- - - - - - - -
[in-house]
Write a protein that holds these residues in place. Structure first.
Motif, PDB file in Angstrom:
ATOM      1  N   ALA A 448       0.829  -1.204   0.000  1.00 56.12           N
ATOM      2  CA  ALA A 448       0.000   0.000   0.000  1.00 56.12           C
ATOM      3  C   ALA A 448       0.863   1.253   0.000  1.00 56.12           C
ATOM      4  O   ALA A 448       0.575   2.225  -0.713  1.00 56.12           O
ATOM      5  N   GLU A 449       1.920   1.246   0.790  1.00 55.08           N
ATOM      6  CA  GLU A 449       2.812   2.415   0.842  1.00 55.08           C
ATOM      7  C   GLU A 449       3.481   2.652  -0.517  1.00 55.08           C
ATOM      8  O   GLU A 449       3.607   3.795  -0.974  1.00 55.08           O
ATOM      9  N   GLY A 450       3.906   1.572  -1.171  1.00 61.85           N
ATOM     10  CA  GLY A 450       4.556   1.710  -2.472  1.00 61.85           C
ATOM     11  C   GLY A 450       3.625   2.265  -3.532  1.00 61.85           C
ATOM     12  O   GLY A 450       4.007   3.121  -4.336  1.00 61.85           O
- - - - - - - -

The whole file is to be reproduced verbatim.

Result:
[in-house]
Write a protein that holds these residues in place. Structure first.
Motif, PDB file in Angstrom:
ATOM      1  N   ALA A 448       0.829  -1.204   0.000  1.00 56.12           N
ATOM      2  CA  ALA A 448       0.000   0.000   0.000  1.00 56.12           C
ATOM      3  C   ALA A 448       0.863   1.253   0.000  1.00 56.12           C
ATOM      4  O   ALA A 448       0.575   2.225  -0.713  1.00 56.12           O
ATOM      5  N   GLU A 449       1.920   1.246   0.790  1.00 55.08           N
ATOM      6  CA  GLU A 449       2.812   2.415   0.842  1.00 55.08           C
ATOM      7  C   GLU A 449       3.481   2.652  -0.517  1.00 55.08           C
ATOM      8  O   GLU A 449       3.607   3.795  -0.974  1.00 55.08           O
ATOM      9  N   GLY A 450       3.906   1.572  -1.171  1.00 61.85           N
ATOM     10  CA  GLY A 450       4.556   1.710  -2.472  1.00 61.85           C
ATOM     11  C   GLY A 450       3.625   2.265  -3.532  1.00 61.85           C
ATOM     12  O   GLY A 450       4.007   3.121  -4.336  1.00 61.85           O